Table of Contents
- In the OT there were essentially three categories of laws. There were the civil laws (you must build a turret around your roof so people don’t fall off), there were ceremonial laws (you must wash in certain ways), and there were moral laws (you must love God and neighbour).
- The law is eternal
- Which laws are written on our hearts?
In the OT there were essentially three categories of laws. There were the civil laws (you must build a turret around your roof so people don’t fall off), there were ceremonial laws (you must wash in certain ways), and there were moral laws (you must love God and neighbour).
Jesus mostly disposed of the first two – the civil and the ceremonial. But the moral laws He did not. The moral laws are special in several ways.
The law is eternal
First, the law existed before the Old Covenant was established. Don’t kill, don’t worship idols, don’t commit adultery etc are either explicitly stated in Genesis or implied. These laws are spelled out in the Old Covenant with ten of them being written on stones. There are more that weren’t written on stone of course like the prohibition against bestiality and homosexuality and fornication etc. So these laws existed before the Old Covenant was founded.
Second, I think it is generally understood that these laws were not ‘made up’ by God. That is, God didn’t one day say, “Hey, I think I might outlaw bestiality.” These moral laws have existed as long as God has existed. So, they are in essence part of God’s essence. This is visualised for us in the Old Covenant when God commanded the tablets of stone with His law on them to be placed *inside* the Ark Of the Covenant – the box at the very heart of the holy of holies.
So when Jeremiah describes the New Covenant and says that God will write the law on our heart God is referring to writing the moral laws – all of them – on our hearts. It was previously written on stone and on paper. But under the New Covenant the law is written in our hearts. I am not aware that we are told explicitly how this is done but my best guess is that the laws come into our heart when the Holy Spirit comes into our heart. Remember, the law was in the Ark in the Holy of Holies. Now the Holy of Holies comes *inside* us in the Holy Spirit and so the law which is part of Him comes with Him.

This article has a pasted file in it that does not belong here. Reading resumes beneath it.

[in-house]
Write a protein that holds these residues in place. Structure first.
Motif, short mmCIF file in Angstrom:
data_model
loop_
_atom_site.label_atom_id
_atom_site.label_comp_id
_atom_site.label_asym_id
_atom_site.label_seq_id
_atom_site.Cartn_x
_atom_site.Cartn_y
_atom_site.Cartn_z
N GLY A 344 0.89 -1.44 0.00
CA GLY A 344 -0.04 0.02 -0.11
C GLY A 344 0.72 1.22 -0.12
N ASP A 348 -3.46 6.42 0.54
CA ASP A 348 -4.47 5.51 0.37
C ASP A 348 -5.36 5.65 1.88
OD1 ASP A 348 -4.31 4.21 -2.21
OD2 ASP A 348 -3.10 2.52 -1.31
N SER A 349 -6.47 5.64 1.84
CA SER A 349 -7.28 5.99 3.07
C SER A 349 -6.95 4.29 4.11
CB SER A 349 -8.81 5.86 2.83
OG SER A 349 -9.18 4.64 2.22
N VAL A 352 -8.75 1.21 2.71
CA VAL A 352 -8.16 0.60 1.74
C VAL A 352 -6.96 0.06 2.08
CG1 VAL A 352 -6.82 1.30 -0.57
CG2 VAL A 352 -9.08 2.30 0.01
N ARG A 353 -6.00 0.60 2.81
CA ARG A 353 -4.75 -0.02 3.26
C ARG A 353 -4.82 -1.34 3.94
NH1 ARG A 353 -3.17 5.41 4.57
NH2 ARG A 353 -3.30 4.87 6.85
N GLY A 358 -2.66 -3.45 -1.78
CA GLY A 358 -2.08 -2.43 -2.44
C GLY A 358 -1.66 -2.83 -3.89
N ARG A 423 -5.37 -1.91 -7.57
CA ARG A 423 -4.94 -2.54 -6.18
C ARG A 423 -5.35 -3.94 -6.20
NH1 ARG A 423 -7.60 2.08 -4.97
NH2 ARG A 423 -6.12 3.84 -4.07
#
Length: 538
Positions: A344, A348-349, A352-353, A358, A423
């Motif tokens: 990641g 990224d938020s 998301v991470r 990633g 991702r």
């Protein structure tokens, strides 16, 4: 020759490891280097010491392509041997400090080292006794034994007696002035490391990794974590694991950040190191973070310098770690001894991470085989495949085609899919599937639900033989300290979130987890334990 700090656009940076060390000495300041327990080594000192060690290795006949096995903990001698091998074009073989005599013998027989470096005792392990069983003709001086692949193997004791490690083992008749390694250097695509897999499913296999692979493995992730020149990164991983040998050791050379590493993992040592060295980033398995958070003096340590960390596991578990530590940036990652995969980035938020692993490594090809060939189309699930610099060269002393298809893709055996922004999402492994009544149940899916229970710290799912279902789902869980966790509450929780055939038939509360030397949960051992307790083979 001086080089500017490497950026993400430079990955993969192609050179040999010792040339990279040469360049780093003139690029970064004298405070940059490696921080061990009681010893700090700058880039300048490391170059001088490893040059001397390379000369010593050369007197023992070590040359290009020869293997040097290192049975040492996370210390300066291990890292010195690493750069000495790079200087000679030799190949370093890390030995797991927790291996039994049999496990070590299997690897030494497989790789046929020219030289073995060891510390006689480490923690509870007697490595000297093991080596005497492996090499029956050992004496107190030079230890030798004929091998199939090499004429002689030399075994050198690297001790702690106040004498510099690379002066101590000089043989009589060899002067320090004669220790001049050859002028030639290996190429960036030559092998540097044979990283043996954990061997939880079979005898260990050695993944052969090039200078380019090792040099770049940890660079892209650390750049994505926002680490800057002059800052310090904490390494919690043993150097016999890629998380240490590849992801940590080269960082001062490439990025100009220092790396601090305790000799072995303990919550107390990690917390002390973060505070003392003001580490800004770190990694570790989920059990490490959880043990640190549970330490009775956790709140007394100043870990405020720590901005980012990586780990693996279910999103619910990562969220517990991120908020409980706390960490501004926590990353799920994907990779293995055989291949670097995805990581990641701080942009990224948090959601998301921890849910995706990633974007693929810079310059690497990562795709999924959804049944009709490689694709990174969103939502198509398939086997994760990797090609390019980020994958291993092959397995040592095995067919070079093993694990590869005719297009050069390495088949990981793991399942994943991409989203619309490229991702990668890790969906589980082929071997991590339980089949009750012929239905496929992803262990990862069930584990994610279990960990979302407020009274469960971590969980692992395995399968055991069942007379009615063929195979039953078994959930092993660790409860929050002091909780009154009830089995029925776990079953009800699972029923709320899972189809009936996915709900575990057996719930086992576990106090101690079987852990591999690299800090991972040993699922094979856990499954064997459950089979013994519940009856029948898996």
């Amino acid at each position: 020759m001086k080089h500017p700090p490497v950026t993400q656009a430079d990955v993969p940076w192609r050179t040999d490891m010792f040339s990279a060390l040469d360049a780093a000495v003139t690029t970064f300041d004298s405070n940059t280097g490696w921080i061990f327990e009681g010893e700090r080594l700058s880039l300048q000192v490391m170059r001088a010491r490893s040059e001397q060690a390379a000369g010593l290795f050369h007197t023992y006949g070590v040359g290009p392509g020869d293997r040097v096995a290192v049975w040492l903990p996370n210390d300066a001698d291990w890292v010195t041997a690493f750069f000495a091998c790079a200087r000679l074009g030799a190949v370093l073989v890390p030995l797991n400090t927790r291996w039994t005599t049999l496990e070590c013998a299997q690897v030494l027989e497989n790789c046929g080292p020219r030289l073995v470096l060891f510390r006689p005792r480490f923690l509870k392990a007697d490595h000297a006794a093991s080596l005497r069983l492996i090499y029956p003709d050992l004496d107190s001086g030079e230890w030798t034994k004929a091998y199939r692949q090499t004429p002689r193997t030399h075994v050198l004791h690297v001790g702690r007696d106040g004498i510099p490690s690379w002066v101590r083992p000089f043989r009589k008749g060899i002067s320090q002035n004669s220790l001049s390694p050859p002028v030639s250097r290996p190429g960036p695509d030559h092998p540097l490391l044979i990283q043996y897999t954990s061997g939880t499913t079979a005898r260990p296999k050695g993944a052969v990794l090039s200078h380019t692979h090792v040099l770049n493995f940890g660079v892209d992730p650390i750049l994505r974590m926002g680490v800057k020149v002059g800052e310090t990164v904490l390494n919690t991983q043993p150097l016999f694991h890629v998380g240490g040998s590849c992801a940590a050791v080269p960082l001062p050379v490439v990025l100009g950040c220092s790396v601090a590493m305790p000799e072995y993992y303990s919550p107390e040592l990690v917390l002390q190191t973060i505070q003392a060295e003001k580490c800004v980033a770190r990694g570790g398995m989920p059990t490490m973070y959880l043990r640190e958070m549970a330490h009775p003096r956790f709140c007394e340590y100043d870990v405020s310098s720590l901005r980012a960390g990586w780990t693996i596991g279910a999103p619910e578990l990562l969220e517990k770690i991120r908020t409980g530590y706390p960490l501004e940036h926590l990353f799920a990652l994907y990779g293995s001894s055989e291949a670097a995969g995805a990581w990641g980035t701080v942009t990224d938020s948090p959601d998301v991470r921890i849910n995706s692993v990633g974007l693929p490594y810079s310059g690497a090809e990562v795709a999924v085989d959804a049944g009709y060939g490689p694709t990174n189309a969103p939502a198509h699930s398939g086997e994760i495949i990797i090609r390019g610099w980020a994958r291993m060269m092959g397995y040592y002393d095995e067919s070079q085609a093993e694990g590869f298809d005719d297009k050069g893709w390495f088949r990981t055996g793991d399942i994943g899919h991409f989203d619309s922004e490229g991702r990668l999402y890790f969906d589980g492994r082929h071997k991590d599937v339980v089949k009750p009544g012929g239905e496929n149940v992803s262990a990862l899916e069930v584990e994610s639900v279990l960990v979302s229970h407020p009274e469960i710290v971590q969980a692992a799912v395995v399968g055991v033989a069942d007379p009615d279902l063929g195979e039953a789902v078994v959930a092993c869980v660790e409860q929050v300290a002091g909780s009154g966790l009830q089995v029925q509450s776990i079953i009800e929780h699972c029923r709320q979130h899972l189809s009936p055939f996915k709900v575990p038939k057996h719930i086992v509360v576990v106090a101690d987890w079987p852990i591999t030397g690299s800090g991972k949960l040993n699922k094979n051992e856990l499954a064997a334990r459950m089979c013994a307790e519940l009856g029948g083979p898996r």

Which laws are written on our hearts?
So which laws are written on our hearts?
Some maintain that there are just the two laws Jesus mentioned – love God and love your neighbour. But these are not *new* laws – they are found in the OT. Jesus was simply providing a way of categorising *all* moral laws – they all fall under two headings – love God and love each other. No idols is loving God. No adultery is loving your neighbour.
It is not possible to dispose of all the specific laws and replace them with the two – love God and love others. And there is no support for that in the NT. With the possible exception of the Sabbath, every one of the 10 commandments is repeated by the Apostles. That is, the Apostles explicitly command Christians to keep every one of those commandments. And then they add many more laws as well!
So the law that is written on our hearts is ‘love God and love each other’ … which is also spelled out in detail in our hearts by the Holy Spirit just the way it was in the 10 commandments and elsewhere in the OT. That means we shouldn’t be saying that the law is bad but. We should be saying, with the Apostle Paul, that the law is “holy and just and good”. How could it be anything else – God gave it to us.